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3.10. Automatic Setups for Different Terminals

If you work at several kinds of terminals or terminal emulators, terminal setup can be tough. For instance, my X terminal sends a backspace character when I push the upper-right key, but the same key on another terminal sends a delete character -- I want stty erase (Section 5.8) to set the correct erase character automatically.[7] Maybe you want a full set of calendar programs started when you log in to the terminal at your desk, but not when you make a quick login from somewhere else.

[7]Of course, it is all arbitrary and contingent on your keyboard layout and configuration.

The next seven articles have ideas for changing your login sequence automatically. Some examples are for the C shell and use that shell's switch and if. Examples for Bourne-type shells use case (Section 35.10) and if (Section 35.13). If you use the other type of shell, the idea still applies; just swap the syntax.

  • If you use several kinds of terminals or terminal emulators, try testing the TERM environment variable (Section 3.11). Testing other environment variables (Section 3.14) can identify the frontend system (like a window system) you're using.

  • Test the output of who am i (Section 3.12) to find out about the remote system from which you've logged in.

  • If you log into different kinds of ports -- network, hardwired, and so on -- search for the port type (Section 3.15) in a table like /etc/ttys (in BSD derivatives) or /etc/inittab (in some other variants). Testing the port name (Section 3.13) may also work.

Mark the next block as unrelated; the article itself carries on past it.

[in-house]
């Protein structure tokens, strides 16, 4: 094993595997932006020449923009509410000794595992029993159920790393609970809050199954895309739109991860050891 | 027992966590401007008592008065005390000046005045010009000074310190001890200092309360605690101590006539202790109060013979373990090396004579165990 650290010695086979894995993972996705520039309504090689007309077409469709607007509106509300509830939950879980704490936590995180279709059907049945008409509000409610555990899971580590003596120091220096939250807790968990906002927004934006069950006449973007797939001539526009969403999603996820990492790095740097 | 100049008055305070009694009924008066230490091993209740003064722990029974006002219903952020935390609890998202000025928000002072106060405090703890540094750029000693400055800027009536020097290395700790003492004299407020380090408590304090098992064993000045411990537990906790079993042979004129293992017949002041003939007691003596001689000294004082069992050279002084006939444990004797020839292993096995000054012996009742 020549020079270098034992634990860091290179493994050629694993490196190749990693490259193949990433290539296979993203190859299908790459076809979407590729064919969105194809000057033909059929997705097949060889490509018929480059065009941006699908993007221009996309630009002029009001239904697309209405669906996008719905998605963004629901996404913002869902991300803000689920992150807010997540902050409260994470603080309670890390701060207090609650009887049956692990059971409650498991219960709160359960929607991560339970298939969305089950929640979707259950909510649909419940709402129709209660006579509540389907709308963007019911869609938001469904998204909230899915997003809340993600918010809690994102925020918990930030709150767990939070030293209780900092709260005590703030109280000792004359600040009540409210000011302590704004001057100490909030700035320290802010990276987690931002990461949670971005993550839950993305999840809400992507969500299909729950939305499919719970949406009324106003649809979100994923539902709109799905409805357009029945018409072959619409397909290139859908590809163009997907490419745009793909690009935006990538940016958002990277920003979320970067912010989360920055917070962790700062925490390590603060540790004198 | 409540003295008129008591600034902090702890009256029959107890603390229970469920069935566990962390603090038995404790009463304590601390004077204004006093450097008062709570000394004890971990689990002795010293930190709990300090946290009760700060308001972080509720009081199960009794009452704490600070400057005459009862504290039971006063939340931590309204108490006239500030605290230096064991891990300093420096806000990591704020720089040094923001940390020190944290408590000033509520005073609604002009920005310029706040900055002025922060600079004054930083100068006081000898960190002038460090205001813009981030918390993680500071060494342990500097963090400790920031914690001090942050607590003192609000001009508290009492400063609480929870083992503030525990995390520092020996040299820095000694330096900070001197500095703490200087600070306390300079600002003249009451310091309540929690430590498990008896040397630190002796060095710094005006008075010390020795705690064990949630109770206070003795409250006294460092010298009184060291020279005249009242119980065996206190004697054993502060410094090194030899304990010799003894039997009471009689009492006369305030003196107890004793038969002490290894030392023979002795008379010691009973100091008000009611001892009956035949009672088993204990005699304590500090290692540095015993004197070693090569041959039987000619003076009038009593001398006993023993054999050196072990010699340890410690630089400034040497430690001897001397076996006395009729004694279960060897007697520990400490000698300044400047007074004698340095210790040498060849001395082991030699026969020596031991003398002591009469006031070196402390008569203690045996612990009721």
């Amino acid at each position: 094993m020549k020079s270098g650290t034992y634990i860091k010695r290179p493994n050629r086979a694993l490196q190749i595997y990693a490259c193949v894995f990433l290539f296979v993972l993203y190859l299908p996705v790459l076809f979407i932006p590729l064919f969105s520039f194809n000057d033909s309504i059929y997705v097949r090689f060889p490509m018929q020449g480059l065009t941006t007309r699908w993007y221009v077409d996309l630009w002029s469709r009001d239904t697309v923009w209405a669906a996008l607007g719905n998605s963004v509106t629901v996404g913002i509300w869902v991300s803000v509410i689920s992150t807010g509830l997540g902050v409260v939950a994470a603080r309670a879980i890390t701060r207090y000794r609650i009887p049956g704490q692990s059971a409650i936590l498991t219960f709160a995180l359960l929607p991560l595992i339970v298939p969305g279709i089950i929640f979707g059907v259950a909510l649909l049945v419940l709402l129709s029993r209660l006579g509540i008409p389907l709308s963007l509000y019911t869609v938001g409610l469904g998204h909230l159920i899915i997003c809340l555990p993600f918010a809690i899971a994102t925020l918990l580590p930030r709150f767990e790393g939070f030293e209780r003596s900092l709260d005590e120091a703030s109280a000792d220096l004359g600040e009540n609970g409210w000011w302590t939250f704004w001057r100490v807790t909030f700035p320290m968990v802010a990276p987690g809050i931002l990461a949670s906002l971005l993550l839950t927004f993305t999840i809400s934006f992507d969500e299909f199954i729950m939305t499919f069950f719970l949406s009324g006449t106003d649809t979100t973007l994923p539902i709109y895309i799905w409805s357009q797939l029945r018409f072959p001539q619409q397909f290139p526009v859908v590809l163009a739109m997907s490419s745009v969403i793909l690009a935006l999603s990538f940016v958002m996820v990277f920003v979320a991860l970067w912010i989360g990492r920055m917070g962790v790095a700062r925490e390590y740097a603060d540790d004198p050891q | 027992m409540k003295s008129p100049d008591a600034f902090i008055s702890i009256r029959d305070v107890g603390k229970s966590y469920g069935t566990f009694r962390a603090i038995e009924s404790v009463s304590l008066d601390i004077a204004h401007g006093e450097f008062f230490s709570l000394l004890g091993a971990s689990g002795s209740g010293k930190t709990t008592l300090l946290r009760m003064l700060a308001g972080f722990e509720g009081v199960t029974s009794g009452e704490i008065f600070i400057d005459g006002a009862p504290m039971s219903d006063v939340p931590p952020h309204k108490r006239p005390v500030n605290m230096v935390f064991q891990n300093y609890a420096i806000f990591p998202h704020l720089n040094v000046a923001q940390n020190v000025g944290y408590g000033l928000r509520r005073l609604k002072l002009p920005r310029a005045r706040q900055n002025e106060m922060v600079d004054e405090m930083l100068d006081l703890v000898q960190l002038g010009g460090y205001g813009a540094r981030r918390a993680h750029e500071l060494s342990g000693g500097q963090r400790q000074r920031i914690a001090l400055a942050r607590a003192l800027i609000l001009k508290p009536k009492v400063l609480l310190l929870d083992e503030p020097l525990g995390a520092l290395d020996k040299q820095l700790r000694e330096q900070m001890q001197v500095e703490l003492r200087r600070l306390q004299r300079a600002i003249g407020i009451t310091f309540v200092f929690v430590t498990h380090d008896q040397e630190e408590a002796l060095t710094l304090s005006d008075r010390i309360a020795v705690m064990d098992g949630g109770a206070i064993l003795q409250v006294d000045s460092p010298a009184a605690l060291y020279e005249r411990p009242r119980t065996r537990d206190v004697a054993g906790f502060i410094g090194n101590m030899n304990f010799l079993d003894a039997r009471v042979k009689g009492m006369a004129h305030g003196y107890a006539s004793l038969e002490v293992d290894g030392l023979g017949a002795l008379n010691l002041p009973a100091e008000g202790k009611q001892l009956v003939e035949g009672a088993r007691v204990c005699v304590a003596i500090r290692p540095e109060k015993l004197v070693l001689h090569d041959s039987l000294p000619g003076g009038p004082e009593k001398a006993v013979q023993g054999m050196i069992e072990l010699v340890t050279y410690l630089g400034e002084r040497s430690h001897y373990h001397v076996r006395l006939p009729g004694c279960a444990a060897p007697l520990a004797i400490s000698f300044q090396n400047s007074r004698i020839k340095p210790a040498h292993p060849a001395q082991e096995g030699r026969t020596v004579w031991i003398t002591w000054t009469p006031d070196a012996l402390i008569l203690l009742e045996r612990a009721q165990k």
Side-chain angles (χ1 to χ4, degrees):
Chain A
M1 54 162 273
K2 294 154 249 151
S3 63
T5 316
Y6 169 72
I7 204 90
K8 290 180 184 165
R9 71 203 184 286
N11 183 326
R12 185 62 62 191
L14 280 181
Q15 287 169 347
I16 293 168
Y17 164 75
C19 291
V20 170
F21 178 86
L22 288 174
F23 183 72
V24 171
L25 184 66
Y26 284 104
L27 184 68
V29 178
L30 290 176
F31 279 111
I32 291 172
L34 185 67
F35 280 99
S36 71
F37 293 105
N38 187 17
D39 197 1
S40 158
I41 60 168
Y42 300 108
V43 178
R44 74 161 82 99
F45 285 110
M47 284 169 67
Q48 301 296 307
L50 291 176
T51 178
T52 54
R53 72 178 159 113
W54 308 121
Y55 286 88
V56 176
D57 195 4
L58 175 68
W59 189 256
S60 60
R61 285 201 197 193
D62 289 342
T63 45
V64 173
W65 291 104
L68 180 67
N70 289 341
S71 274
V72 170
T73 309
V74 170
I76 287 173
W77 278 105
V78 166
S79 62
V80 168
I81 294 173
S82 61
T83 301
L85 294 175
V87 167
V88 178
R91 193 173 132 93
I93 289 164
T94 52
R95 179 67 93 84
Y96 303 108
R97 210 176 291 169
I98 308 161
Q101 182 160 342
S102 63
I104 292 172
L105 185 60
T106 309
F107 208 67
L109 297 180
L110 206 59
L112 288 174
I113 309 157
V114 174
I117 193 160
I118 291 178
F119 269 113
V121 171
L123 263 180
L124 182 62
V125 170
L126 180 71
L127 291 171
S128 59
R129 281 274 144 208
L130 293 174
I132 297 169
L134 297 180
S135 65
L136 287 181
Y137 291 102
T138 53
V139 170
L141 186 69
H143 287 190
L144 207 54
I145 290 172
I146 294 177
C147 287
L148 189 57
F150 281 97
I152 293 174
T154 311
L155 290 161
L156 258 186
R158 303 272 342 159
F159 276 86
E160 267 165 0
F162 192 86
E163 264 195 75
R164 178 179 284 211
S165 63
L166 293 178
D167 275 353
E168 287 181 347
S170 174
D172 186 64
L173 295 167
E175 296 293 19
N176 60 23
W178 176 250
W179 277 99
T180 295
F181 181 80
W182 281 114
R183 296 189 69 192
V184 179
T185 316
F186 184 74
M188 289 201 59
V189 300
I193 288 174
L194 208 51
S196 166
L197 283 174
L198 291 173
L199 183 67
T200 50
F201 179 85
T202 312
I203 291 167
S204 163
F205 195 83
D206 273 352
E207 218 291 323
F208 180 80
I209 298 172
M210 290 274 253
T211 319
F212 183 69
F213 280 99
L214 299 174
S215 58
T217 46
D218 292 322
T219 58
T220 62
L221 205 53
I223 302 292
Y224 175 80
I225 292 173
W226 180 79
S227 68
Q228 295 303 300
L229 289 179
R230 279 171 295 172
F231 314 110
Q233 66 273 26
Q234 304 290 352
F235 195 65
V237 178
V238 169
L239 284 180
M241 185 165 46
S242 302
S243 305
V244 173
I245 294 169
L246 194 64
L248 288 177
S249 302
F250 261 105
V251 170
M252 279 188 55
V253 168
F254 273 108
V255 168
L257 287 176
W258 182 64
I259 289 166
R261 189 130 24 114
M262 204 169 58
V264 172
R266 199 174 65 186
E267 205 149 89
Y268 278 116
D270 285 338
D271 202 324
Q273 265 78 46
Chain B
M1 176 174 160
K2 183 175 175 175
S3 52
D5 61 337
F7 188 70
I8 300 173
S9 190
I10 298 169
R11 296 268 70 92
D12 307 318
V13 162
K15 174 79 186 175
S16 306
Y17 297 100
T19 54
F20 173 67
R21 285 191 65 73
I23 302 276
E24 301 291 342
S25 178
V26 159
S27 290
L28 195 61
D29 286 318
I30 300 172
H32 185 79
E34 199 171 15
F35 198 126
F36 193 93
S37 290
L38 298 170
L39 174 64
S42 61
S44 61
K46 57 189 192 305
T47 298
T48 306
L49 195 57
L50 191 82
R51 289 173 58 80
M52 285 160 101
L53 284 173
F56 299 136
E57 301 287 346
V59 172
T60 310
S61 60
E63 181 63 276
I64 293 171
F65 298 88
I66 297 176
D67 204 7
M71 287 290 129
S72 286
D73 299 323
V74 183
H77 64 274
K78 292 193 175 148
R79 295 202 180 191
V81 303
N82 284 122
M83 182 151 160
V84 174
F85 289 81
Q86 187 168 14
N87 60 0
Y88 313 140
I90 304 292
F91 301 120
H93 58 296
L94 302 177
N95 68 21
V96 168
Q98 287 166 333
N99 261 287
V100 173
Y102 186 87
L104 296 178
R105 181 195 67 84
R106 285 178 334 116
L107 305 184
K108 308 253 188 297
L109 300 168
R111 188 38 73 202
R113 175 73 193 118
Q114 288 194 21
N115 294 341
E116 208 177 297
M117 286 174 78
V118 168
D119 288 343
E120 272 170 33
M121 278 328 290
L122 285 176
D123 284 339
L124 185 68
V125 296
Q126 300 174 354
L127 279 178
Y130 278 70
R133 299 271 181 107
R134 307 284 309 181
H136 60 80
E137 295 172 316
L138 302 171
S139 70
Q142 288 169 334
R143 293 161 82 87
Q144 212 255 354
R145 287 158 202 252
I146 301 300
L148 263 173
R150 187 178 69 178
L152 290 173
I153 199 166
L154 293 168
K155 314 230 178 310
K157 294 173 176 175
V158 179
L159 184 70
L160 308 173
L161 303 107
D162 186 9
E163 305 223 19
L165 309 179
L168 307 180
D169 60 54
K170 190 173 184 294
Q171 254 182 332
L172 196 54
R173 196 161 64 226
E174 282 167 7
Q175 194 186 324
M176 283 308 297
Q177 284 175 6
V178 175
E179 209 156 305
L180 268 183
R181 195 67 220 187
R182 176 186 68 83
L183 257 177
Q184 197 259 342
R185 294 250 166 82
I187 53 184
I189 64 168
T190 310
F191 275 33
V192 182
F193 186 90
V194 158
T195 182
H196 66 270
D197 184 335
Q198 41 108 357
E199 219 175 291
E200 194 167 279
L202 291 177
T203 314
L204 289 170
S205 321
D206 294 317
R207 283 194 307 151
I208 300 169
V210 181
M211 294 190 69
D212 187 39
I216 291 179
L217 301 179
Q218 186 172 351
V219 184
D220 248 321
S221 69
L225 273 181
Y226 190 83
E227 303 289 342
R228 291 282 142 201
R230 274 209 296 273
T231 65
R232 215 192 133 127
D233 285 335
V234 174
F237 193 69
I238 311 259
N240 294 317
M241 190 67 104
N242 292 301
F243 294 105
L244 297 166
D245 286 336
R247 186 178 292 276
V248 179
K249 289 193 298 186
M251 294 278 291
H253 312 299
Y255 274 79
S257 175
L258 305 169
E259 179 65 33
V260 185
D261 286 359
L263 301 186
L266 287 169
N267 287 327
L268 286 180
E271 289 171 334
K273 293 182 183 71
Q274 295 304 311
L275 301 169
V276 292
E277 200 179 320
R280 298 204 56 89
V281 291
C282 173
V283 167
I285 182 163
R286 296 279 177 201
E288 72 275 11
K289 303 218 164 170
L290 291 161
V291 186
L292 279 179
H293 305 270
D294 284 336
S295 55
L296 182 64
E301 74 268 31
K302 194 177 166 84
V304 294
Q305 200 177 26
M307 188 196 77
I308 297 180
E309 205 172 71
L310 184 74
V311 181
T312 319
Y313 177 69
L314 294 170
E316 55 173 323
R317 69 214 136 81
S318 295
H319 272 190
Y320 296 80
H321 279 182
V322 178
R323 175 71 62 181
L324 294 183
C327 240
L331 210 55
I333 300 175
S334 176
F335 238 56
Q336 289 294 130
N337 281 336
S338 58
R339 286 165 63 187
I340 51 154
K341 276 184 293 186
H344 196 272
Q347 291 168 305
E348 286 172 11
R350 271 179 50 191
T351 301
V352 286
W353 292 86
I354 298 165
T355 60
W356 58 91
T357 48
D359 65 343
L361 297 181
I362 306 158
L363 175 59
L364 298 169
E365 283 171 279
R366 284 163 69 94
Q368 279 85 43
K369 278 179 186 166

• In the X Window System, you can test the window size (Section 3.16) and make various settings based on that. Naming windows (Section 3.17) lets you identify a particular window by reading its environment.

  • You can also handle some of these cases using the venerable but obscure tset (Section 5.3) program to select and initialize the correct terminal type. Another program that sets the terminal type is qterm (Section 5.4).

Because your terminal type doesn't change after you've logged in, many of these tests probably belong in your .profile or .login file. Those setup files are read when you first log in to a tty. Other tests, especially ones that involve windows, will probably fit better in a per-shell setup file such as .bashrc or .cshrc. Section 3.3 can help you choose.

--JP and SJC

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